Video marketing statistics have become more and more impressive over the past few years. For example, about 50% of all internet users look for videos about a product or service before making a purchasing decision and 90% of consumers say that product videos help them make purchasing decisions. These trends are only expected to escalate in the future.
Video can increase the success of any type of marketing, including promoting your business at an industry event. While video is just one of many many creative ways to promote an event, in this day and age, it is absolutely crucial. Below we’ll take a look at three effective ways you can utilize video to promote your booth at the next event.
When it comes to event promotion, you need to begin your video marketing in advance to properly prime your audience. Start sending your videos to recipients six weeks before the actual date in order to get a jump on all of those other exhibitors who will be competing for your audience’s attention. Getting to your targets first is one of the principal keys to attracting business.
While you can certainly upload your videos to YouTube, you’ll also want to direct your audience to a landing page. This way they can find detailed info about the event, provided your marketing videos stoked their interest. As for where to obtain a list of recipients, you should receive a registered-attendee list with emails once you register as a distributor with the event organizer.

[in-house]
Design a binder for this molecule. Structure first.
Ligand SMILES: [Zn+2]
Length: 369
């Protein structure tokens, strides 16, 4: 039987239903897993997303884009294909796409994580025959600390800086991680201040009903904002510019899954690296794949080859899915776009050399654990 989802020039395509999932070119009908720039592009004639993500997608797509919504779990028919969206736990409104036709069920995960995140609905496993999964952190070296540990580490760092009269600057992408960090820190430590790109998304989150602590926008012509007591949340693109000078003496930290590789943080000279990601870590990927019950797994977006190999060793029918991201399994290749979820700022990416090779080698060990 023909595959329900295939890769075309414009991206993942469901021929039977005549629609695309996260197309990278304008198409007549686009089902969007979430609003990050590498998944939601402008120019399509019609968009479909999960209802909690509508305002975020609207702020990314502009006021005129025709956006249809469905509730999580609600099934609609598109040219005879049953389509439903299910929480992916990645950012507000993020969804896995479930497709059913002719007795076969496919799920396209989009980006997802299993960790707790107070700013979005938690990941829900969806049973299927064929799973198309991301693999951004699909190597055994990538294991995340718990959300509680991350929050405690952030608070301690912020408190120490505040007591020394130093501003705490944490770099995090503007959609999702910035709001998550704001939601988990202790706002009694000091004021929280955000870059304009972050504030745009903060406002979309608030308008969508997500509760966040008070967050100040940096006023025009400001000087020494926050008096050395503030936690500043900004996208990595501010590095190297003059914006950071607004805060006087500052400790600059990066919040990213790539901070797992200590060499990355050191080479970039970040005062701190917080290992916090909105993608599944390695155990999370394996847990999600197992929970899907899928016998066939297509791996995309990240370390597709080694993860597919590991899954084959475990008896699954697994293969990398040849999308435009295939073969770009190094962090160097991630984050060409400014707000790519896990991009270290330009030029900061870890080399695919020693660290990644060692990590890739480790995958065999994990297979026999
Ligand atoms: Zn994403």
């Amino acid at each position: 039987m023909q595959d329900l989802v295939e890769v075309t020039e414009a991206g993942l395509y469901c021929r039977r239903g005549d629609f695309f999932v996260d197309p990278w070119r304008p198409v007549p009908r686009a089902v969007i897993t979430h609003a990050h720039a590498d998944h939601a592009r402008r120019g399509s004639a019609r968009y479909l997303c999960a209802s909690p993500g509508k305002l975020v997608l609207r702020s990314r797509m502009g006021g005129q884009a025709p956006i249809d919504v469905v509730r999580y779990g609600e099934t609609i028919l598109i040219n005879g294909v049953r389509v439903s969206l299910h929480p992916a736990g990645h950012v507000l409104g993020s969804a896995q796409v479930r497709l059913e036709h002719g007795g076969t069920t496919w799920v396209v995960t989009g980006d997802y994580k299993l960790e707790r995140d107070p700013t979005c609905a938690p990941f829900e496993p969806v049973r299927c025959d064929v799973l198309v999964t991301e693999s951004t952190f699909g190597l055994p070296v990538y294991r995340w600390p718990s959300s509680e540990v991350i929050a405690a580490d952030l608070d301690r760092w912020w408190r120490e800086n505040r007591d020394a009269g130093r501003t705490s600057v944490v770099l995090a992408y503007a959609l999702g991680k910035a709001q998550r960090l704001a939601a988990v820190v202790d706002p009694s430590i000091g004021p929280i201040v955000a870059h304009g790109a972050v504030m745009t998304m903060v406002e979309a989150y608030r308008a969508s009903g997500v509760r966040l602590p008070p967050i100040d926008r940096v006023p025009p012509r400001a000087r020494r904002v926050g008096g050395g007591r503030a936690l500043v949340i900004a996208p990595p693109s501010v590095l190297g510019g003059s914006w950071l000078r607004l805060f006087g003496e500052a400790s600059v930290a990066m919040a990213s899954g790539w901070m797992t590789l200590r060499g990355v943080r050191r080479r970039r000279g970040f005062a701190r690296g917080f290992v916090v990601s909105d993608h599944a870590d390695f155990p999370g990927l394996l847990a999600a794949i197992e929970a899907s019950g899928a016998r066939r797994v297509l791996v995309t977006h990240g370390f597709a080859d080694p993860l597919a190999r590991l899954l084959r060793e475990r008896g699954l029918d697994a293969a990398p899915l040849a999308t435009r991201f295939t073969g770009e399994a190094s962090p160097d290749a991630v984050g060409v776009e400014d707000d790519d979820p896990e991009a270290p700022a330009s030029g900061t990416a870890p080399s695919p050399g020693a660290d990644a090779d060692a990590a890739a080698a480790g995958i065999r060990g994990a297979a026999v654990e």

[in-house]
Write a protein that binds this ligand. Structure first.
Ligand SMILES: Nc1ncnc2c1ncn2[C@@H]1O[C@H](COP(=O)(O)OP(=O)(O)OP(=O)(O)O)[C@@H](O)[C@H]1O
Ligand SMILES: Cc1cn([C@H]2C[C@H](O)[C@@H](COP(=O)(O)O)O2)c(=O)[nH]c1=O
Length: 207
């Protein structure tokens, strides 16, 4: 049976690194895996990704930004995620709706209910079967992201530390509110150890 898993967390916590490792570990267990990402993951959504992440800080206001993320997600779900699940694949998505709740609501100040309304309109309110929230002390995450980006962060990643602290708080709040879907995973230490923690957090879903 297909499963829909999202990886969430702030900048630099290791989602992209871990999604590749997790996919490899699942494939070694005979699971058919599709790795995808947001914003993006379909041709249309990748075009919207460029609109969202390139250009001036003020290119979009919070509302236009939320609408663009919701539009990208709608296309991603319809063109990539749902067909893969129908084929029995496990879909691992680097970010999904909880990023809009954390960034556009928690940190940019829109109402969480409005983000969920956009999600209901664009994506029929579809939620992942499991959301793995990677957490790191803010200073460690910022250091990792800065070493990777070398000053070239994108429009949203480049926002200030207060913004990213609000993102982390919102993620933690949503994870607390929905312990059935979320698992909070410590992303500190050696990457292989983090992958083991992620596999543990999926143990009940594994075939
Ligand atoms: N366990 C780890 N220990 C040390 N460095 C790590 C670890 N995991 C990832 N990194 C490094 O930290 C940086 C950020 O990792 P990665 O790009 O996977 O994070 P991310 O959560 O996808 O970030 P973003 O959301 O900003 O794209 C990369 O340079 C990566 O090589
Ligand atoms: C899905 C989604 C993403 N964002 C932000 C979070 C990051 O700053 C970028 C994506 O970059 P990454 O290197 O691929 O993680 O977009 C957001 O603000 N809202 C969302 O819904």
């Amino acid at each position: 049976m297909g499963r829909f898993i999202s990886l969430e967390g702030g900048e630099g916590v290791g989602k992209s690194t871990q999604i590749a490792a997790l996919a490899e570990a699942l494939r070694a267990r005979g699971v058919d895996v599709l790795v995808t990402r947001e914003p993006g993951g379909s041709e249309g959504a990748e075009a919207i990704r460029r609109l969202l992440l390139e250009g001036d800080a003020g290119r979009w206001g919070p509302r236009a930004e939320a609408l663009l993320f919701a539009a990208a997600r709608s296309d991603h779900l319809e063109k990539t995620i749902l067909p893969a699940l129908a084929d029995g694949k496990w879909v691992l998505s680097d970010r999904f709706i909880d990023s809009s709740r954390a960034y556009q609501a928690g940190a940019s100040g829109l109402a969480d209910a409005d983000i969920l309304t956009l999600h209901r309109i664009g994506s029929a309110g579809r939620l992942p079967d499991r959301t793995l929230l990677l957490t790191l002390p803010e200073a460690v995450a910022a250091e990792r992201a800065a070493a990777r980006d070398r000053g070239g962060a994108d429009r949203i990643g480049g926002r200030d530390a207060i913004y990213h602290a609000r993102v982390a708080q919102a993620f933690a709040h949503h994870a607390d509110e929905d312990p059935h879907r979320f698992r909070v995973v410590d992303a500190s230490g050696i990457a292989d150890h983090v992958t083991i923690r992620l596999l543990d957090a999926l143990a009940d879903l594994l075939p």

The next thing to think about is specific video ideas to promote the event. Consider what types of marketing videos you’d like to craft and distribute – create a promo video for your event is a great way to promote it.
There are three principal types of videos that are perfect for event marketing:
Ideally, you’ll want to incorporate all three into your event marketing. The cardinal rule, however, is to eschew self-promotion and ensure your videos have tangible value for your audience. Produce quick explainer videos and vlogs based on subjects that are helpful to the viewer. “Must-visit booths at this year’s industry expo,” “networking tips from sales pros,” “take part in this event giveaway and win big!”—these are all examples of value-video topics that focus on the viewer.